CHANGES to the carbon tax look to improve conditions for local businesses according to CQU Professor of regional economic development John Rolfe.
For the first two years the carbon tax is set at $23/tonne, before going into an open trading system - initially the government had installed a floor price of $15/tonne, however this has now been removed and instead will be linked to the European price.
Professor Rolfe said Australia had among the highest carbon prices in the world.
"The problem is at the moment the European price is really low," Professor Rolfe said.
"The Australian price is so high that the Australian industries would be uncompetitive.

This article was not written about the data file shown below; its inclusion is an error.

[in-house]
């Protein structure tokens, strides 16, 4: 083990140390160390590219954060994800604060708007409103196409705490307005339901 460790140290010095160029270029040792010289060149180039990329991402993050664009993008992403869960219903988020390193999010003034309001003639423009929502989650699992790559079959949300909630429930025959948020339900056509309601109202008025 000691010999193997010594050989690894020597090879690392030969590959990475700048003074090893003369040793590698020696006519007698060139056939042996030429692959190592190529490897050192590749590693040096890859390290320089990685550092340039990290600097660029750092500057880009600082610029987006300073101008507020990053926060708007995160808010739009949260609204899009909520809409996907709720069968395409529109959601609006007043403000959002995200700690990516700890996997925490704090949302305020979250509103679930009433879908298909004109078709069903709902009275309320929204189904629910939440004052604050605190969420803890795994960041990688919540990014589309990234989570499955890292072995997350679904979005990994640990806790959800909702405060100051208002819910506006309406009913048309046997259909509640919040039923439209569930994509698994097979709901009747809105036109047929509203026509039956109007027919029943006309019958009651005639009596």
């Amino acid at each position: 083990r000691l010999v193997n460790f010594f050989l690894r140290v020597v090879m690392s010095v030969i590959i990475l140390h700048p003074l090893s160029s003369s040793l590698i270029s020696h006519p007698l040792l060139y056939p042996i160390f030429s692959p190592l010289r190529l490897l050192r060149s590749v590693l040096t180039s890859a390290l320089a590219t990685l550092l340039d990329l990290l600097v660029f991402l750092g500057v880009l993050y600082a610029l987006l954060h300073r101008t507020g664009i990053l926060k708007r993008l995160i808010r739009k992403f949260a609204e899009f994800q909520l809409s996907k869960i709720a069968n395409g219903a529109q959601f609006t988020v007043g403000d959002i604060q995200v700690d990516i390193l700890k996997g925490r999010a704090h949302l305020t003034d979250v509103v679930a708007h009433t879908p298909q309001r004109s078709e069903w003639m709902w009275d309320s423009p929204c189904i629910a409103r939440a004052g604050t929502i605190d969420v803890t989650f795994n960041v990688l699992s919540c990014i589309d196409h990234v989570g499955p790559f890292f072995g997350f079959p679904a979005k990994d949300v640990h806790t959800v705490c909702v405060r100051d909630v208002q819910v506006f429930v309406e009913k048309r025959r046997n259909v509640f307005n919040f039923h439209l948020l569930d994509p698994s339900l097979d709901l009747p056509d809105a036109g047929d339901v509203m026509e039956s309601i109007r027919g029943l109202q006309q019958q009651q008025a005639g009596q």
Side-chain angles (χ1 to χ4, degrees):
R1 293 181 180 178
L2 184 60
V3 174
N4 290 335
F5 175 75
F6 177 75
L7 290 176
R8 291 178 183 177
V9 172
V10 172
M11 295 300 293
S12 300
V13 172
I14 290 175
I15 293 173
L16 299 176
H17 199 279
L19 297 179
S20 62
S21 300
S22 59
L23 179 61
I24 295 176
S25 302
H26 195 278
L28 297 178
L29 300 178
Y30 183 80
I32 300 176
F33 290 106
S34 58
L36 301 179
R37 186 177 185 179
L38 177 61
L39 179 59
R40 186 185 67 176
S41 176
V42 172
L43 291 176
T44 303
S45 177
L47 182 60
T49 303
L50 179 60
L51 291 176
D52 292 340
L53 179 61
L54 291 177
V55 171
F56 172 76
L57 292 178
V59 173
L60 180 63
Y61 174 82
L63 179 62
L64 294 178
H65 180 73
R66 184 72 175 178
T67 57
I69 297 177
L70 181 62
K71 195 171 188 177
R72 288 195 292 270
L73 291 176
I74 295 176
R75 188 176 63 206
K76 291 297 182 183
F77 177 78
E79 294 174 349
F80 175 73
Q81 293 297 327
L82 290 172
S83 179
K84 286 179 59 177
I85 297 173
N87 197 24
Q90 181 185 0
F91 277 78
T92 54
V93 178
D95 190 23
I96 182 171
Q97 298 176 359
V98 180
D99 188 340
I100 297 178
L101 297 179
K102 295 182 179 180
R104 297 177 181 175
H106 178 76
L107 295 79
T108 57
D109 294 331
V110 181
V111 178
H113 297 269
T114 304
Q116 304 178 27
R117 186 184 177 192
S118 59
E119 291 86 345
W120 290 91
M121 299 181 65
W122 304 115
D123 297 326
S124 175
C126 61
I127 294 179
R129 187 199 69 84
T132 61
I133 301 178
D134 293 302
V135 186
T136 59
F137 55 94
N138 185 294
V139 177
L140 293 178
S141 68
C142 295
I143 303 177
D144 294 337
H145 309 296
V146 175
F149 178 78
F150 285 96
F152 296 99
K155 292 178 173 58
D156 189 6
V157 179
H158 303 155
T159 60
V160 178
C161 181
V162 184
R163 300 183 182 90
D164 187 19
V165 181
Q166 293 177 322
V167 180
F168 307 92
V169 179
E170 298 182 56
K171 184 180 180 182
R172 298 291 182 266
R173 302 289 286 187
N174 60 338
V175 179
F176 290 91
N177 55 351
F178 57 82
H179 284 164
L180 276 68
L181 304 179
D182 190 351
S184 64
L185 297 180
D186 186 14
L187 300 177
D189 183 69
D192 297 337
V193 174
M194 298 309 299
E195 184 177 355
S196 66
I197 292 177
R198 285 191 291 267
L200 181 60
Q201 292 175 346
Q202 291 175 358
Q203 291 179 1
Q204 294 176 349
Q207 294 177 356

"The change will make our export industries a little bit more on the same playing field."
He said although the situation isn't perfect, this change should benefit local businesses.
"I think in general it's better for local business," Professor Rolfe said. "Not good, but better than the previous system because we are able to be sure that businesses aren't going to be more uncompetitive.
"Where there is a bit of difficulty is there is more uncertainty... particularly for a new power station - CQ needs to make really big investments."
He said the government needed to do something and had little choice.
"I don't think this government had too much choice," he said.
"The previous situation is worse for exporting companies... (if) rules changed suddenly they'd be $10/tonne less competitive.
"They solved one problem and created another... if the price goes down there will be a huge hole in the budget."
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